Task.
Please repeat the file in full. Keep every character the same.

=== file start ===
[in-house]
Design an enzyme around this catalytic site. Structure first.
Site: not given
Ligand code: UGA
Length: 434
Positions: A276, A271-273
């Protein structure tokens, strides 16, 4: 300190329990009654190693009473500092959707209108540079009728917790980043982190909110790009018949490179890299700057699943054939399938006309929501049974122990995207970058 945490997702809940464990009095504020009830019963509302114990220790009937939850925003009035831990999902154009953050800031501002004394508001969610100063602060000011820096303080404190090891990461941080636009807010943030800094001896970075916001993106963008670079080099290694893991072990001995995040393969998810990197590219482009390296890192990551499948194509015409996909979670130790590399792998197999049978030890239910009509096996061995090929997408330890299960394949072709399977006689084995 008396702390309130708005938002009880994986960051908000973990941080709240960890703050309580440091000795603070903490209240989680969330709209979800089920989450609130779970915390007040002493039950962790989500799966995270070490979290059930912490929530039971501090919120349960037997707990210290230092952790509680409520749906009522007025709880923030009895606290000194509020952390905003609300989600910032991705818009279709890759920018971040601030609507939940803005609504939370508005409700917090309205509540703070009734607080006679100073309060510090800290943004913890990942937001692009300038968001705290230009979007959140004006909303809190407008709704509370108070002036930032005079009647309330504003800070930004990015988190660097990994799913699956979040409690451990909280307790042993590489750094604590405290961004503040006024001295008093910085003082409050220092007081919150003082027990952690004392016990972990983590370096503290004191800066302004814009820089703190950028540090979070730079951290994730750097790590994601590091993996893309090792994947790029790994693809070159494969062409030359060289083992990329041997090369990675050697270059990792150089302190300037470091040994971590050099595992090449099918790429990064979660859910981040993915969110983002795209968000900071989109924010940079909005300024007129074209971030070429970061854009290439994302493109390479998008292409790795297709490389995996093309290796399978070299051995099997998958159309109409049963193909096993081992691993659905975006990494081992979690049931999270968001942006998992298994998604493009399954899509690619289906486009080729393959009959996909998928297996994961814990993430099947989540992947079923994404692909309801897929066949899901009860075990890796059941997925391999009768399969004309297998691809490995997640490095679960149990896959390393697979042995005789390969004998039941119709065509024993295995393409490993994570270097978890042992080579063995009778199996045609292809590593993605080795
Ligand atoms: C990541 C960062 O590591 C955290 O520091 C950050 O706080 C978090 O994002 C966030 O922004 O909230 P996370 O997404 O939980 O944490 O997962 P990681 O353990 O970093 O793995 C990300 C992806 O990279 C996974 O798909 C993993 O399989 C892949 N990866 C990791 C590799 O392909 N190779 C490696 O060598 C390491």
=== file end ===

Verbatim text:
[in-house]
Design an enzyme around this catalytic site. Structure first.
Site: not given
Ligand code: UGA
Length: 434
Positions: A276, A271-273
């Protein structure tokens, strides 16, 4: 300190329990009654190693009473500092959707209108540079009728917790980043982190909110790009018949490179890299700057699943054939399938006309929501049974122990995207970058 945490997702809940464990009095504020009830019963509302114990220790009937939850925003009035831990999902154009953050800031501002004394508001969610100063602060000011820096303080404190090891990461941080636009807010943030800094001896970075916001993106963008670079080099290694893991072990001995995040393969998810990197590219482009390296890192990551499948194509015409996909979670130790590399792998197999049978030890239910009509096996061995090929997408330890299960394949072709399977006689084995 008396702390309130708005938002009880994986960051908000973990941080709240960890703050309580440091000795603070903490209240989680969330709209979800089920989450609130779970915390007040002493039950962790989500799966995270070490979290059930912490929530039971501090919120349960037997707990210290230092952790509680409520749906009522007025709880923030009895606290000194509020952390905003609300989600910032991705818009279709890759920018971040601030609507939940803005609504939370508005409700917090309205509540703070009734607080006679100073309060510090800290943004913890990942937001692009300038968001705290230009979007959140004006909303809190407008709704509370108070002036930032005079009647309330504003800070930004990015988190660097990994799913699956979040409690451990909280307790042993590489750094604590405290961004503040006024001295008093910085003082409050220092007081919150003082027990952690004392016990972990983590370096503290004191800066302004814009820089703190950028540090979070730079951290994730750097790590994601590091993996893309090792994947790029790994693809070159494969062409030359060289083992990329041997090369990675050697270059990792150089302190300037470091040994971590050099595992090449099918790429990064979660859910981040993915969110983002795209968000900071989109924010940079909005300024007129074209971030070429970061854009290439994302493109390479998008292409790795297709490389995996093309290796399978070299051995099997998958159309109409049963193909096993081992691993659905975006990494081992979690049931999270968001942006998992298994998604493009399954899509690619289906486009080729393959009959996909998928297996994961814990993430099947989540992947079923994404692909309801897929066949899901009860075990890796059941997925391999009768399969004309297998691809490995997640490095679960149990896959390393697979042995005789390969004998039941119709065509024993295995393409490993994570270097978890042992080579063995009778199996045609292809590593993605080795
Ligand atoms: C990541 C960062 O590591 C955290 O520091 C950050 O706080 C978090 O994002 C966030 O922004 O909230 P996370 O997404 O939980 O944490 O997962 P990681 O353990 O970093 O793995 C990300 C992806 O990279 C996974 O798909 C993993 O399989 C892949 N990866 C990791 C590799 O392909 N190779 C490696 O060598 C390491």